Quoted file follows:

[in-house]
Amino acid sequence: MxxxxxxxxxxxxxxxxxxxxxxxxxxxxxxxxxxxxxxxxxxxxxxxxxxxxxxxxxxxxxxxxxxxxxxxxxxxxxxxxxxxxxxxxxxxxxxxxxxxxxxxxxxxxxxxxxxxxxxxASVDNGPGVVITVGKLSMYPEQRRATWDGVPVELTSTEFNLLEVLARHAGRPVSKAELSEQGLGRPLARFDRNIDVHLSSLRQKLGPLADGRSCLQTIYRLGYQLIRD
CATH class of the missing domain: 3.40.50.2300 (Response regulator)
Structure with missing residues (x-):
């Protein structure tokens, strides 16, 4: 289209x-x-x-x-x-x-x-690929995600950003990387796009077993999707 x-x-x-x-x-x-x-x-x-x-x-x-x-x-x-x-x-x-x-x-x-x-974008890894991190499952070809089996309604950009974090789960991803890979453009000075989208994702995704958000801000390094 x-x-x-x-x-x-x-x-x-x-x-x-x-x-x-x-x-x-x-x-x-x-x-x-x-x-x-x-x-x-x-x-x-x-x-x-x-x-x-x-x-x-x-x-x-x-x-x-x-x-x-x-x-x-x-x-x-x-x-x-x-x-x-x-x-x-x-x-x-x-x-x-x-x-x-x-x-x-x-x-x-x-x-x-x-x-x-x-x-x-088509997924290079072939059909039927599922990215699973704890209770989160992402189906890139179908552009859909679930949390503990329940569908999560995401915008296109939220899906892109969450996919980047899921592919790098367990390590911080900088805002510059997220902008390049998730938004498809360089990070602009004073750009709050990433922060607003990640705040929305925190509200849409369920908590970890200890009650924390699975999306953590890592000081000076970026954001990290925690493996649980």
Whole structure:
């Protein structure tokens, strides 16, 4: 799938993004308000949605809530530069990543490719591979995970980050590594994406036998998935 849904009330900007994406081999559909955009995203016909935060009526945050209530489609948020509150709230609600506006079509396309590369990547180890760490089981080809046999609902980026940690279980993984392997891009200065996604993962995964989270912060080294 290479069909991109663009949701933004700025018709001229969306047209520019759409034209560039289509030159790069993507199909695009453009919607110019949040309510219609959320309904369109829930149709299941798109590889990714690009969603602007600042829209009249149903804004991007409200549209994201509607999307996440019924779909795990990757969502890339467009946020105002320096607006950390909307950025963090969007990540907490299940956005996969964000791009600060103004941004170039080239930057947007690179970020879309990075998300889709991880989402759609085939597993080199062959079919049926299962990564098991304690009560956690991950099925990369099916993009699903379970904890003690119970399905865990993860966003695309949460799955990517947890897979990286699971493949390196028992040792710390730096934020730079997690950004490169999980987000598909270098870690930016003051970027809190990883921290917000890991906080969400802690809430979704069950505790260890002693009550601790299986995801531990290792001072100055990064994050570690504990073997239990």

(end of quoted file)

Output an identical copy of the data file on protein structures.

[in-house]
Amino acid sequence: MxxxxxxxxxxxxxxxxxxxxxxxxxxxxxxxxxxxxxxxxxxxxxxxxxxxxxxxxxxxxxxxxxxxxxxxxxxxxxxxxxxxxxxxxxxxxxxxxxxxxxxxxxxxxxxxxxxxxxxxASVDNGPGVVITVGKLSMYPEQRRATWDGVPVELTSTEFNLLEVLARHAGRPVSKAELSEQGLGRPLARFDRNIDVHLSSLRQKLGPLADGRSCLQTIYRLGYQLIRD
CATH class of the missing domain: 3.40.50.2300 (Response regulator)
Structure with missing residues (x-):
């Protein structure tokens, strides 16, 4: 289209x-x-x-x-x-x-x-690929995600950003990387796009077993999707 x-x-x-x-x-x-x-x-x-x-x-x-x-x-x-x-x-x-x-x-x-x-974008890894991190499952070809089996309604950009974090789960991803890979453009000075989208994702995704958000801000390094 x-x-x-x-x-x-x-x-x-x-x-x-x-x-x-x-x-x-x-x-x-x-x-x-x-x-x-x-x-x-x-x-x-x-x-x-x-x-x-x-x-x-x-x-x-x-x-x-x-x-x-x-x-x-x-x-x-x-x-x-x-x-x-x-x-x-x-x-x-x-x-x-x-x-x-x-x-x-x-x-x-x-x-x-x-x-x-x-x-x-088509997924290079072939059909039927599922990215699973704890209770989160992402189906890139179908552009859909679930949390503990329940569908999560995401915008296109939220899906892109969450996919980047899921592919790098367990390590911080900088805002510059997220902008390049998730938004498809360089990070602009004073750009709050990433922060607003990640705040929305925190509200849409369920908590970890200890009650924390699975999306953590890592000081000076970026954001990290925690493996649980």
Whole structure:
């Protein structure tokens, strides 16, 4: 799938993004308000949605809530530069990543490719591979995970980050590594994406036998998935 849904009330900007994406081999559909955009995203016909935060009526945050209530489609948020509150709230609600506006079509396309590369990547180890760490089981080809046999609902980026940690279980993984392997891009200065996604993962995964989270912060080294 290479069909991109663009949701933004700025018709001229969306047209520019759409034209560039289509030159790069993507199909695009453009919607110019949040309510219609959320309904369109829930149709299941798109590889990714690009969603602007600042829209009249149903804004991007409200549209994201509607999307996440019924779909795990990757969502890339467009946020105002320096607006950390909307950025963090969007990540907490299940956005996969964000791009600060103004941004170039080239930057947007690179970020879309990075998300889709991880989402759609085939597993080199062959079919049926299962990564098991304690009560956690991950099925990369099916993009699903379970904890003690119970399905865990993860966003695309949460799955990517947890897979990286699971493949390196028992040792710390730096934020730079997690950004490169999980987000598909270098870690930016003051970027809190990883921290917000890991906080969400802690809430979704069950505790260890002693009550601790299986995801531990290792001072100055990064994050570690504990073997239990």